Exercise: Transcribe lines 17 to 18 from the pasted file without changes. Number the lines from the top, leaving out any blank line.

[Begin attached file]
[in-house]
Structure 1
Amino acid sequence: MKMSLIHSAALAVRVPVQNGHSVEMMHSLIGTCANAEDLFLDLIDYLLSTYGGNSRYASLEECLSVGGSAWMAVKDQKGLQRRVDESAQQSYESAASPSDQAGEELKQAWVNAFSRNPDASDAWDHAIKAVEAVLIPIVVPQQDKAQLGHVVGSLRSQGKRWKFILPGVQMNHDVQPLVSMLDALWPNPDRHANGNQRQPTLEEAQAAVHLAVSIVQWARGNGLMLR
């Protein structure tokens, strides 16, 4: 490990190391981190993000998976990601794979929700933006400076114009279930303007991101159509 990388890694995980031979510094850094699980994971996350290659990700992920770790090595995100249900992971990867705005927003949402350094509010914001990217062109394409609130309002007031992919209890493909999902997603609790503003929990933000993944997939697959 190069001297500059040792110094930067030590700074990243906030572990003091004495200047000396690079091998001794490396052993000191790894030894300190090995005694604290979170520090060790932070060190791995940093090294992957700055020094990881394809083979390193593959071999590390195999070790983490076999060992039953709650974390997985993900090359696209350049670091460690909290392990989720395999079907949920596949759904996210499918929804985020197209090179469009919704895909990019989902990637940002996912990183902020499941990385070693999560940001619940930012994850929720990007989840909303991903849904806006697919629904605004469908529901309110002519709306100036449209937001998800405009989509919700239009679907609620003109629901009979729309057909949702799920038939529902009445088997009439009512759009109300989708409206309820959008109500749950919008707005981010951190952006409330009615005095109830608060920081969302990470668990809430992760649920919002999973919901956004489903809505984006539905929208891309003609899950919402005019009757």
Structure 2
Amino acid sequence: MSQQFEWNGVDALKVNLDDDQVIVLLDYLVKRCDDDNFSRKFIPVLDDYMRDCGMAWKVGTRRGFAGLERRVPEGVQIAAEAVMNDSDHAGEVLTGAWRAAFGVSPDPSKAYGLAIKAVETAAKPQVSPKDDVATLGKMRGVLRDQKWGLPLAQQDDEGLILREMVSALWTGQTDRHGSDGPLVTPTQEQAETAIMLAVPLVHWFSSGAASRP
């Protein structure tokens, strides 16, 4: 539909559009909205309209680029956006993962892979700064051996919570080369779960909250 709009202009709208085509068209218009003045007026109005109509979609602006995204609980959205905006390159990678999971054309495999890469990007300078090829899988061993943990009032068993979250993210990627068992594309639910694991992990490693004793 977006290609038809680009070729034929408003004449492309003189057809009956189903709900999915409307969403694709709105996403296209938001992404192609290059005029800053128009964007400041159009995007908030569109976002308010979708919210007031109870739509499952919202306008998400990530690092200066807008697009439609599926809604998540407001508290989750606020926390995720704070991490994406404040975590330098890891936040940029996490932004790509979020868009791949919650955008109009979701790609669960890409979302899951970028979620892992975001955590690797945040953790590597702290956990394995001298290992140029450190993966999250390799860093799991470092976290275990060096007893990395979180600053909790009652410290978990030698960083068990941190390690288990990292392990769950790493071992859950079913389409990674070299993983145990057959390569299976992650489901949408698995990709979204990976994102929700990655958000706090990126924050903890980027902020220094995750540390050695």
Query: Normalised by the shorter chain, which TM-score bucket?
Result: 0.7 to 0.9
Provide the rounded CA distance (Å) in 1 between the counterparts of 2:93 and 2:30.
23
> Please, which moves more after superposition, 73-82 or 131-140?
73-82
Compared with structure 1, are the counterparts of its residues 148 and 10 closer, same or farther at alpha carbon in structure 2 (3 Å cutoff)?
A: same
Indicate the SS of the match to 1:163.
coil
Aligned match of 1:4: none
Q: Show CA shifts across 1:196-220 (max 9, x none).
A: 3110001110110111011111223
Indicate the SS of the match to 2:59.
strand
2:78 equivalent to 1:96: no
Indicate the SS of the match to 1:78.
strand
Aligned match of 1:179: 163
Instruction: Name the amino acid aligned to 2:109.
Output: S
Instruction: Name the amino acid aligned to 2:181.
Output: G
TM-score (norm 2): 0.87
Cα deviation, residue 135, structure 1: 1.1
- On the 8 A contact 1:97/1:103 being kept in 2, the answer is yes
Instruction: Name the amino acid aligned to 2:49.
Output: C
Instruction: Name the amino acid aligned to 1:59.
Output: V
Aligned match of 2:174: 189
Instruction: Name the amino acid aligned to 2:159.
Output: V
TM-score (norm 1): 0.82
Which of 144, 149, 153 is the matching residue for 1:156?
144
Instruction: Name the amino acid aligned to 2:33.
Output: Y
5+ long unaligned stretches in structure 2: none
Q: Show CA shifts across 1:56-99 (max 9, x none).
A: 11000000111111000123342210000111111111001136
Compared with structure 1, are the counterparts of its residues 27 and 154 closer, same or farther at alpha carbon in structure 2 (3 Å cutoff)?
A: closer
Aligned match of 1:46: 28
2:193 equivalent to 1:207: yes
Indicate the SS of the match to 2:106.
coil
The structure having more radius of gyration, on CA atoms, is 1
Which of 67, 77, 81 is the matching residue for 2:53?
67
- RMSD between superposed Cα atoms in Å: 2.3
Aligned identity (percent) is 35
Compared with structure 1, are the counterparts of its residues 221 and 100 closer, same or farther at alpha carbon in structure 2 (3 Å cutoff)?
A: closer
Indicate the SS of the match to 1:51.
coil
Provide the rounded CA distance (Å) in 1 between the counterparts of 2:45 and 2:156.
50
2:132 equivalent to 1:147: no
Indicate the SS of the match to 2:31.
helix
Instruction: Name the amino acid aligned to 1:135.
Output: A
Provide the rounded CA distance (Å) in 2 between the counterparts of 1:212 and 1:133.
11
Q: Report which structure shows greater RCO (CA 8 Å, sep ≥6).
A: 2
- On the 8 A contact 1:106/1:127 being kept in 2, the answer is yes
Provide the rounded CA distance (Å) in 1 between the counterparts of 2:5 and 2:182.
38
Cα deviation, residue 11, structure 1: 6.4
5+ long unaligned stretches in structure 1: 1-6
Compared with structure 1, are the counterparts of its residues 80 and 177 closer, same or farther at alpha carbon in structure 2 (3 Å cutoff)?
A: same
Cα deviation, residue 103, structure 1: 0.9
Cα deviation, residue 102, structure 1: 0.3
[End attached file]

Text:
coil
Aligned match of 1:4: none